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Before Weaving

One hand-crafted rug passes through 180 hands from start to finish, and it’s a testament to craftsmanship in itself. Each one of those 90 people possess unique and irreplaceable skill, as it takes years to harness.

To join all these hands together requires a decentralized model, reaching out step by step to each specialist to create quality that is unmatched. This is made possible only through building bridges of compassion, empathy and love.

Sourcing of raw material

The essence of handcrafting is truly captured when its raw material is also handcrafted art.

Wool

Chokla Wool, the best Indian wool for rugs is purchased at a biannual auction in Bikaner, due to the seasonal shearing of sheep in the spring and in the fall. It comes mixed in texture and qualities that are segregated by hand, as the traditional expertise of the local folk is irreplaceable.

Merino Wool

It is imported from New Zealand and is used in the finest 14/14 quality carpets as well as in creating blends of wool.

The finest wool is imported from 18 different countries to make blends of yarn that merge lustre, durability, fleecy texture, all into one.

Silk

Silk of the choicest quality is imported from China and sourced from traders within India.

Carding & Spinning

The handpicked wool, once sorted, segregated and washed, finds itself in the hands of one of India’s rarest artists, the Katwari (spinner).

She sifts through the wool, layering the strands together, a process called carding. Placing a dollop of wool on a bristled pad, she brushes it with another, removing clumped dirt, knots and giving the wool uniformity, gently caressing it to evolve into yarn.

In the wake of that tedious task, she channels centuries of Indian heritage through her hands, spinning the yarn on a charka (spinning wheel), with a meditative flow that brought back Indian independence, and is a permanent symbol to the nation’s values. The intertwined fibers of wool have a wave-like pattern of thick and thin, but sticks together to make the most durable form of yarn with the most remarkable texture, somewhere a metaphoric representation to Indian history. Over 3,000 of these unique artisans have found their home with us.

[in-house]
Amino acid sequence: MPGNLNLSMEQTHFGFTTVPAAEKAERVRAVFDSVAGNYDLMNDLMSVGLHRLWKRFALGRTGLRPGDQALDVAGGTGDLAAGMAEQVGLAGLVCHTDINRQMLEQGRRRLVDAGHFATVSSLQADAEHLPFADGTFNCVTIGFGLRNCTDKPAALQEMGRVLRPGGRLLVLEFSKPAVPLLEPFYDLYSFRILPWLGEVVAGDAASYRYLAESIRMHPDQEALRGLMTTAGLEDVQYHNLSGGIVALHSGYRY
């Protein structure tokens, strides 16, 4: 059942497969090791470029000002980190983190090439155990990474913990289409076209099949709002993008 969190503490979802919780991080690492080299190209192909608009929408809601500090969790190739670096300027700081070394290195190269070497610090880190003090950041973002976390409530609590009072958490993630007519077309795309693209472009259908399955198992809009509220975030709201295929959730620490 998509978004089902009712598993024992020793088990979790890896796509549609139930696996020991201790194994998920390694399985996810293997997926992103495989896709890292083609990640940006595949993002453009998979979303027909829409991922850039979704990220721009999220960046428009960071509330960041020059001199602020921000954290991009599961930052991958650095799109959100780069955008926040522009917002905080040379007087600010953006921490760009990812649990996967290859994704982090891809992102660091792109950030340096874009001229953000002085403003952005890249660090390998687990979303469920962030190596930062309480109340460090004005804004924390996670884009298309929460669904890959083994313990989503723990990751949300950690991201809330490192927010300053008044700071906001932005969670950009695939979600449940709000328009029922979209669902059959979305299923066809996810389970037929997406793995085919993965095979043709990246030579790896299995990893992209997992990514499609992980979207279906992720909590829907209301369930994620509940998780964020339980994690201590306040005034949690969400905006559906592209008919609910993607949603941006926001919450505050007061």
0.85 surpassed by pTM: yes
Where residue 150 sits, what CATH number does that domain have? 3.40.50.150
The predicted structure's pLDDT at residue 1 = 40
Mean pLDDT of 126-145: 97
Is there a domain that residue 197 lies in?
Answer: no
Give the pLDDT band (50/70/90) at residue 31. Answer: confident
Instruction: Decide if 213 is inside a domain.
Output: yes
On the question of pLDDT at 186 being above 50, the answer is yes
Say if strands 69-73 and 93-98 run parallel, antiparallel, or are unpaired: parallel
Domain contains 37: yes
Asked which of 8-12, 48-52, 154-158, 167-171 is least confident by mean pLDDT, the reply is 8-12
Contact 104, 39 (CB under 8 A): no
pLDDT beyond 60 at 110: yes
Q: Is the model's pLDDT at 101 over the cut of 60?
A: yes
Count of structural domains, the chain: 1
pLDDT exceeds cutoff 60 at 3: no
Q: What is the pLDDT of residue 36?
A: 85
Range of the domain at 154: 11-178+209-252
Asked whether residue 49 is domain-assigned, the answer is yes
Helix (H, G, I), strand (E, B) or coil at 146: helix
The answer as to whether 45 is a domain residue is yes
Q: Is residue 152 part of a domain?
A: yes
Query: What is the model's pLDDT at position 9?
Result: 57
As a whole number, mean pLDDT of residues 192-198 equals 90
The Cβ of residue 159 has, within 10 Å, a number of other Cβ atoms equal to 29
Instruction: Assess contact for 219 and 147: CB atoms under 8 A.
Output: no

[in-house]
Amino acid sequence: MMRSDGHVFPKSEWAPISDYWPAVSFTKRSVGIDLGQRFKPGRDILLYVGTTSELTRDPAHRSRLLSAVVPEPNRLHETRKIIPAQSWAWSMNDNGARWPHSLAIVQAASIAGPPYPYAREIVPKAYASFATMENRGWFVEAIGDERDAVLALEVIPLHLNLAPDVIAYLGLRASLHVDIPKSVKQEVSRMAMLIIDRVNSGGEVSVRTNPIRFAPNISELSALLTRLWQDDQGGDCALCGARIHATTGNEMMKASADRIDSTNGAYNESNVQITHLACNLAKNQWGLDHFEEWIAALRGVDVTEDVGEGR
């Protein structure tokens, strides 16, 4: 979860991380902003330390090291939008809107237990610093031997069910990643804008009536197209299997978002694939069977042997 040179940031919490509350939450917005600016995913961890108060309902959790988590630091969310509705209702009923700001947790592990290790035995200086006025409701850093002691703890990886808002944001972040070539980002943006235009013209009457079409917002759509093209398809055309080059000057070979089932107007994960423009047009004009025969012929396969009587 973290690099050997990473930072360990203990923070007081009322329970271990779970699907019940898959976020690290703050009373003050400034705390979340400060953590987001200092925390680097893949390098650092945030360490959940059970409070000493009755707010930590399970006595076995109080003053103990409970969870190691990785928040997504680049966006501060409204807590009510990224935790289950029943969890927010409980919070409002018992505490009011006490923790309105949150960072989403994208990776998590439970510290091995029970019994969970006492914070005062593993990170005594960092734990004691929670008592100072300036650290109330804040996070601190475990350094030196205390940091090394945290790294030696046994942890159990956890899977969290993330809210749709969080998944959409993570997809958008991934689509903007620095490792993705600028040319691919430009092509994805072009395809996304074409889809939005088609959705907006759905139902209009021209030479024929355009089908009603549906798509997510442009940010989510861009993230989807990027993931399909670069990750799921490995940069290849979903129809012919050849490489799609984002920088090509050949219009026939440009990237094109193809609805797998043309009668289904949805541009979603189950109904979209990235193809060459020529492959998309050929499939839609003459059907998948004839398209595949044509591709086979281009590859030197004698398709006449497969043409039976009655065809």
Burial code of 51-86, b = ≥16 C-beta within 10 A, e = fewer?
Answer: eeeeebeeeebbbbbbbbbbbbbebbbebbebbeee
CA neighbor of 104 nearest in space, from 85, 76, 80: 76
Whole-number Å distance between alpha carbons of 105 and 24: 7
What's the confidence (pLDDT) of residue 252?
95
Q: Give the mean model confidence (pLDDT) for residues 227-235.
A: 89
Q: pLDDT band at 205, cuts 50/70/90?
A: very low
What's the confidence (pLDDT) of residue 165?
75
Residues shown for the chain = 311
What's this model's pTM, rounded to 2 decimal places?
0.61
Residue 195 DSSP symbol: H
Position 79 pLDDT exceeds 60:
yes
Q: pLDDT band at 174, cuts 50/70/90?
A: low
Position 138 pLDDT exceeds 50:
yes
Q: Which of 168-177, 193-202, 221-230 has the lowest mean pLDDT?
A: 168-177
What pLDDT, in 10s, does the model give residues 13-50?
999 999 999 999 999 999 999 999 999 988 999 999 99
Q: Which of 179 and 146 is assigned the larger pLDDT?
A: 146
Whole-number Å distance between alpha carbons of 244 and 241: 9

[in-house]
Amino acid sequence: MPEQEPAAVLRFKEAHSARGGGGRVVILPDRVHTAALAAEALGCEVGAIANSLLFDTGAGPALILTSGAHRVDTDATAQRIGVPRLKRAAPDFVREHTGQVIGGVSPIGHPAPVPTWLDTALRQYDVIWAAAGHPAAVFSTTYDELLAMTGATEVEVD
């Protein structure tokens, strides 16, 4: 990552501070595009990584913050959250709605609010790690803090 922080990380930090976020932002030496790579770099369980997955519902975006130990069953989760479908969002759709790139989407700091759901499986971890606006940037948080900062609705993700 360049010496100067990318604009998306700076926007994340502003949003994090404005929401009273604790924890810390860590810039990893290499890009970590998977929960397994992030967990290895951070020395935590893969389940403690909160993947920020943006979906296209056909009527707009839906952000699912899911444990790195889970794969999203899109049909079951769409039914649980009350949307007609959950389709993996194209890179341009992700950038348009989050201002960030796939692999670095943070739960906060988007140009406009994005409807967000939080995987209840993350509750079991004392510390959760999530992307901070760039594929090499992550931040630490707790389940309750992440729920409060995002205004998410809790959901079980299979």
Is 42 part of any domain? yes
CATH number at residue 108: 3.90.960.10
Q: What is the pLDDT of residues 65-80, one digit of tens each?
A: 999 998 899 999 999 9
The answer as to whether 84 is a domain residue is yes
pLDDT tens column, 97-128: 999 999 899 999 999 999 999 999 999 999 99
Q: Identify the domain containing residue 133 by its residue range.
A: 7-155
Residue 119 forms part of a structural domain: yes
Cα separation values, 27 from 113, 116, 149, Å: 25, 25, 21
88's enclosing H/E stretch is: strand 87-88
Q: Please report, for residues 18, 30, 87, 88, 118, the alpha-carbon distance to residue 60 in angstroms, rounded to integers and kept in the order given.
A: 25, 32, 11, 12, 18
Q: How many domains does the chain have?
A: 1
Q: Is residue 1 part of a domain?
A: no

Dyeing

Rug dyeing is a traditional art that allows artisans to create decorative effects. Yarn is first segregated before the dyeing process. Lighter wool for lighter coloured dyes and darker wool for the darker dyes and texture by the feel. The texture is also important because it can determine the overall quality of the yarn. Blends of different wool help moderate how bristly or soft it turns out.

Our raw colours are sourced from Colourtex and Hunstman, which we then make our own recipes of colour from, giving us a range of more than 3000 colours, and the ability to customise then too. They are eco-friendly and are GOTS (Global Organic Textile Standard) certified dyes, the colours do not bleed or damage the yarn, resulting in a more durable rug.

Artisans wound the yarn on a wheel-like frame, and it is then dipped and kept into boiling hot vats of dye to embed its intended colour. The yarn is then hung to dry in the sun, and stored until use. Each batch of yarn has inherent colour variations, which brings character to the rug, along with wool ageing and raw material preparation. Rugs with this effect easily observed are known as Abrash or Antique.

Weaving

A range of weaving techniques are used to create different types of rugs, and the technique can determine the quality, design, price and even their durability.

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Jaipur rugs